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  • #46
    "Middle Age", live to the century mark I wish I could convince this 77 year old carcass of some of that. It listens to my Doc, "Paul, you lived an active life and have simply worn out most of the joints in your body".

    Anywho, I did not quit gardening because of physical problems. As my frien' Squarebriggs is fond of reminding me, "Paul, there is a price to pay for living in paradise." One penalty I face is wildlife. The critters won! The last year I had a large garden the deer ate everything! They even gnawed the okra stalks down to the ground. I will admit eating organically when I got my okra back all-be-it in the form of roasts, steaks and deerburger.

    These days I limit my gardening to whiskey barrels on the porch 16 of them. My main concentration is herbs, mustard greens, peppers and tomatoes. I grow one "heritage" tomato that supplies my needs for the salads and tomato sandwiches.

    The plants pictured are "Sweet Million" and are extremely difficult to find. I grew some from seeds and then found an on-line source for "bare-root" plants sent via USPS and survival guaranteed. I was skeptical, but the guaranty worked. I lost count but the possibility of 500 tomatoes per plant was not in jest. The only thing is that these are super sweet. Not good for cooking too sweet for this Cajun; but "oh the eatin'!" Wonderful in salads and a snack every time I pass through the kitchen several hours after pickin'. I gorge as I pick!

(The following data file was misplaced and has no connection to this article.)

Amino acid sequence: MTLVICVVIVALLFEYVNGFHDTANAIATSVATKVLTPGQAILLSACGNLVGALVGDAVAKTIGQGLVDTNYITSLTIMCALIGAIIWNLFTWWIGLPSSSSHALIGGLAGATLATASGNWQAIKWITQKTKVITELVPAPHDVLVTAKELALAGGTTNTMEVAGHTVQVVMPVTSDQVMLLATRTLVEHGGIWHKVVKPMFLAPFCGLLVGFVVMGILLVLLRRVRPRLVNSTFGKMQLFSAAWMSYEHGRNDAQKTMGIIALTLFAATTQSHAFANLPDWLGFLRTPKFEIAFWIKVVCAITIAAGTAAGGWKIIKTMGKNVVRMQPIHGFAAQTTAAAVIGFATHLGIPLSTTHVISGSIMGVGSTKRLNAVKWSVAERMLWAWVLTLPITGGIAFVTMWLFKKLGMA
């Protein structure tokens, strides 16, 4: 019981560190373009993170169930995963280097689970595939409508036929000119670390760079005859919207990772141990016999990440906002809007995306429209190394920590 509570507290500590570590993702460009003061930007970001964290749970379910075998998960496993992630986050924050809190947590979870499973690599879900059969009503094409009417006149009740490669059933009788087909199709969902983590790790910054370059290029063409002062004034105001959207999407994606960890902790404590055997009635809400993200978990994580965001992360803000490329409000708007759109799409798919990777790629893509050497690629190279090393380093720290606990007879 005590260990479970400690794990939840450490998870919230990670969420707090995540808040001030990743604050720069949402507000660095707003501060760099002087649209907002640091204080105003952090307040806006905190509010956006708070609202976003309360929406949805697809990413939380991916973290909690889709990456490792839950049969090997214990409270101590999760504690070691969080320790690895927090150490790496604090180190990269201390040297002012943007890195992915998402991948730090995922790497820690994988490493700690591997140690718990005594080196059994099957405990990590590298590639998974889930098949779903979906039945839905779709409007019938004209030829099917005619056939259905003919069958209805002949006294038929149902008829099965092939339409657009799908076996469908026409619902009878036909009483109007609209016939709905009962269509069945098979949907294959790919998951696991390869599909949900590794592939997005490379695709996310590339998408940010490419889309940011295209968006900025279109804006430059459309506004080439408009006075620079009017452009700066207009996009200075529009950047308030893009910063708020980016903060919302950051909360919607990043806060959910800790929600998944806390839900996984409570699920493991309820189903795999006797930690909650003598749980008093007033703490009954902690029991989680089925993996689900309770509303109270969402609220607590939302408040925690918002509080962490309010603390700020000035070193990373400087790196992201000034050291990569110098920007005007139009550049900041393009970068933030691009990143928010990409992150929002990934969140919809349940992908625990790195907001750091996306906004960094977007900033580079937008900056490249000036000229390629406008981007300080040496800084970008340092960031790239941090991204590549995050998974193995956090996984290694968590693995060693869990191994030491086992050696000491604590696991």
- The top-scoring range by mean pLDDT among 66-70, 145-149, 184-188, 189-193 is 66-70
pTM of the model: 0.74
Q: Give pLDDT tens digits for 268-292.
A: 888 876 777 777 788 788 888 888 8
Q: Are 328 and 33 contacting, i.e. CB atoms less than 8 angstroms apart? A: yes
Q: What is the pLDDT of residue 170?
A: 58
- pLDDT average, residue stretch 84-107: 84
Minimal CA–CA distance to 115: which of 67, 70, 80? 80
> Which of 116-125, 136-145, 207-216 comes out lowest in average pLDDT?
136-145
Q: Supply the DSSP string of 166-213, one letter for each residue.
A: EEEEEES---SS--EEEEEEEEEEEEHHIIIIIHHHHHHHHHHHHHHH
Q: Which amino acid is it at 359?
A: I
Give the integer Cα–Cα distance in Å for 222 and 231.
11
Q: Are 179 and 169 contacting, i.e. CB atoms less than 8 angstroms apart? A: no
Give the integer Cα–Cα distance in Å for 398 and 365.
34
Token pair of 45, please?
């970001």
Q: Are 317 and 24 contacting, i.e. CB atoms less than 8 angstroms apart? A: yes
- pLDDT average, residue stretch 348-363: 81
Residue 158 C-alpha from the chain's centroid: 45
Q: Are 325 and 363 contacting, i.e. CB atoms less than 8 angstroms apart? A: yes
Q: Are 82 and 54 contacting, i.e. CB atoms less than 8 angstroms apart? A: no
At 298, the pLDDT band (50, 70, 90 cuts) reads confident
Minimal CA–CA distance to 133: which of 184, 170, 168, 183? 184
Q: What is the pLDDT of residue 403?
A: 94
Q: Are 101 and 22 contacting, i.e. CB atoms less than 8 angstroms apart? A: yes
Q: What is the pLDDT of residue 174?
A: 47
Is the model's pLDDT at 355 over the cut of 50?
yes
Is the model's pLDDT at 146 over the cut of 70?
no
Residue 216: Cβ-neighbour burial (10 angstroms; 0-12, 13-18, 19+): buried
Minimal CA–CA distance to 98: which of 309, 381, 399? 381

I have forsaken canning and use two methods of preservation freezing and drying. The requirement for blanching has been exposed as a myth. I put beans, peas and corn straight into the deep freeze and it does well. But, my main methodology is drying. The dehydrator starts running in late spring and never gets put away until the herbs go into hibernation okra, chili pepper, jalapeno, grapes, tomato, onion and a dozen or so types of herbs. Oh yes and sassafras leaves are in the dehydrator now and it will run until I have at least a pint or so. For those of you not lucky enough to be born a C... A.. uhhh Cajun; we know dried, ground sassafras as Gumbo Filé. The necessary ingredient for a dish I prepare at least once a month chicken, squirrel, fish, crab, crawfish, sausage, rabbit, oyster. Yep, you will seldom meet a skinny Cajun or one who does not fully believe he is a natural as a chef!

    Sorry about the duplicate photo but cannot figure out how to delete it. See next post.